Chapter Ⅰ Introduction 1
1.1 Composite Material Applications in Aircraft, Vehicles and Other Structures 1
1.2 Design for Composite Mechanical Joint 7
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Chapter Ⅰ Introduction 1
1.1 Composite Material Applications in Aircraft, Vehicles and Other Structures 1
1.2 Design for Composite Mechanical Joint 7
1.3 Test and Analysis for Composite Material Joint 7
1.4 Recent Studies and Results 10
1.5 Objectives (Scope) and Study Flow Chart 20

Chapter Ⅱ Theory and FEM Analysis Method 22
2.1 Lamination Theory 22
2.2 Progressive Failure Analysis (PFA) 25
2.3 User Defined Material Model (UFAIL) and User Defined Stiffness Degraded Model (UPROGFAIL) for PFA 30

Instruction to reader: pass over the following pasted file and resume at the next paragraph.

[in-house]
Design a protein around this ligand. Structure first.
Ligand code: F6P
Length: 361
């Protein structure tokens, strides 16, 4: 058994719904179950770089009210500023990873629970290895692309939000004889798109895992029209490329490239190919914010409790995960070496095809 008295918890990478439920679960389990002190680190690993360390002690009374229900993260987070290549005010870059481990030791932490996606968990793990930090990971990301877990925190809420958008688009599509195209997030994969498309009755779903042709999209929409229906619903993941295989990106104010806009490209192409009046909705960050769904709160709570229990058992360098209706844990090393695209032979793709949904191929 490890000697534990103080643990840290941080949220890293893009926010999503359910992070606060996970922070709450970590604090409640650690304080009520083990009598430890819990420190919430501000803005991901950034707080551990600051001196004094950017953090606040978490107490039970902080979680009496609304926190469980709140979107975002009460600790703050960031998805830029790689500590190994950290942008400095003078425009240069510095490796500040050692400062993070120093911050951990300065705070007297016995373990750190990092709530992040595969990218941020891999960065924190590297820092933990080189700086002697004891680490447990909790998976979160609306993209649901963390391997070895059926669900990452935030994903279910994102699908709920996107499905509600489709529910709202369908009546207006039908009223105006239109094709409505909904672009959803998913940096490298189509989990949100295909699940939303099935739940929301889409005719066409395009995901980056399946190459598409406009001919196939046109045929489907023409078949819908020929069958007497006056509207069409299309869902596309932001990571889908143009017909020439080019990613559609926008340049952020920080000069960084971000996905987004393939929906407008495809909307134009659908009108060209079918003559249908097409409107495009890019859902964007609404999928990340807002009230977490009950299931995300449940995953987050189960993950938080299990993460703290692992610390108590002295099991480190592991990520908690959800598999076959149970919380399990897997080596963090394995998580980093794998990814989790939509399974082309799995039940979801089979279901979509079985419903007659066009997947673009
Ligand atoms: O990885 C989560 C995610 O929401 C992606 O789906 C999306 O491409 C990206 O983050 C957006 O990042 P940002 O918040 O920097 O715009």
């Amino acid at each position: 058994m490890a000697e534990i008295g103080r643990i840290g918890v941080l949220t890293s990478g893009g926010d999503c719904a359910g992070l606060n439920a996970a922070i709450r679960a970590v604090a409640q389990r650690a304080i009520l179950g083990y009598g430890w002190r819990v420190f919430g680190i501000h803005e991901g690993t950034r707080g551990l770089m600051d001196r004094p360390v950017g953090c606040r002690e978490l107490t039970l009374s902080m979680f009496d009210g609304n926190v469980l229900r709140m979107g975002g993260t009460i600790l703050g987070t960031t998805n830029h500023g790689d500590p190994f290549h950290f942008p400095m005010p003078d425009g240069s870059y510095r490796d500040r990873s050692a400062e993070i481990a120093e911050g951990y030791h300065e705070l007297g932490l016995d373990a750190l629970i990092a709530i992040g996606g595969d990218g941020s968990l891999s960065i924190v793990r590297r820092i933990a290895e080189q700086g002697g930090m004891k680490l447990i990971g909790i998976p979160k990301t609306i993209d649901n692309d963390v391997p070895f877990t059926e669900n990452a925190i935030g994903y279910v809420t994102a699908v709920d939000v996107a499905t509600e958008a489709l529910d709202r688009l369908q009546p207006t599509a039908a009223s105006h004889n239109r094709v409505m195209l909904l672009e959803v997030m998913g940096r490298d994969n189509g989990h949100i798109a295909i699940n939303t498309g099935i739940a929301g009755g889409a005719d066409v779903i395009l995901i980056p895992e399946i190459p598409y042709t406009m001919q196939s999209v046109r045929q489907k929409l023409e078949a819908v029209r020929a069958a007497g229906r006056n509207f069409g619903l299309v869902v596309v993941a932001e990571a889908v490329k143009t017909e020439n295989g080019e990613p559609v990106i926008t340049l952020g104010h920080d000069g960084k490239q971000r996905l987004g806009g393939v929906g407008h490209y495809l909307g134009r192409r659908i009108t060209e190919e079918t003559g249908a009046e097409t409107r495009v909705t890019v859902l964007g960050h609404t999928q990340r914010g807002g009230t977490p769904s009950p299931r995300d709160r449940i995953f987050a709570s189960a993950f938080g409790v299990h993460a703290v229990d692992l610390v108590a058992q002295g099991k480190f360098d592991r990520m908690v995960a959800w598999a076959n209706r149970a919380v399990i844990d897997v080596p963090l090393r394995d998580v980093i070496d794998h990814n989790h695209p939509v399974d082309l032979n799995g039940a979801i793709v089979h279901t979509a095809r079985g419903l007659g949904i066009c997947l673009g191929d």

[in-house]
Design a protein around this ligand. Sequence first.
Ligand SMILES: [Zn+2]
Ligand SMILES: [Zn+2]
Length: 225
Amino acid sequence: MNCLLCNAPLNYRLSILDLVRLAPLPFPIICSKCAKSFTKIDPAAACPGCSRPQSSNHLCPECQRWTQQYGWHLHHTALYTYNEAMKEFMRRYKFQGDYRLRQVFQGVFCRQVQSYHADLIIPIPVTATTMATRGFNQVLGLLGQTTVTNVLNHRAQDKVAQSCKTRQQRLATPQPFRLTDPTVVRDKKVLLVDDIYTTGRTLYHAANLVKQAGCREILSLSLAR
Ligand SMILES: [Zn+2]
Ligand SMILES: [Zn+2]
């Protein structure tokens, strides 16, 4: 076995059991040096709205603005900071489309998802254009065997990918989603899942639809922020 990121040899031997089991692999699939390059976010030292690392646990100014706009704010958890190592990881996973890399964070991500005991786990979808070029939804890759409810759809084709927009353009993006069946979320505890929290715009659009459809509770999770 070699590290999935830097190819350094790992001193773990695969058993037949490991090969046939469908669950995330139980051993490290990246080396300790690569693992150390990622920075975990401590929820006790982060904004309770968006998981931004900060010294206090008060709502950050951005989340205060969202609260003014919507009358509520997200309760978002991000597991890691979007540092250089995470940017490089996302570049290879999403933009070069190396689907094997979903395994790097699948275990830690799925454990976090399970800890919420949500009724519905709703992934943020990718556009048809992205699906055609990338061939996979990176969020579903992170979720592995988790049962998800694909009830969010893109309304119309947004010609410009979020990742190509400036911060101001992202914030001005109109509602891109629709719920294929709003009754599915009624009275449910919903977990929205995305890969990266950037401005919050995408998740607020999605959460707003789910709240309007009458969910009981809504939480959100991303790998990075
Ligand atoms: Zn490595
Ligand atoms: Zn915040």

Chapter Ⅲ Composite Material and Properties 34
3.1 Composite Material 34
3.2 Composite Material (Lamina) Properties 37
3.3 PFA Application for Laminates 39

Chapter Ⅳ A Study on Composite Laminate Bolted Joints 48
4.1 Problem Description 50
4.2 Test and Fixture Design 57
4.3 Test Results and Failure Modes 61
4.4 FEM Modeling and Analysis 71
4.5 Test and FEM Analysis Review 78

Chapter Ⅴ A Study on Composite Laminate Pull-through Joint 86
5.1 Test and FEM Analysis 87
5.2 Test Results and Failure Modes 92
5.3 FEM Modeling and Analysis 98
5.4 Test and FEM Analysis Review 101

Chapter Ⅵ Conclusion 109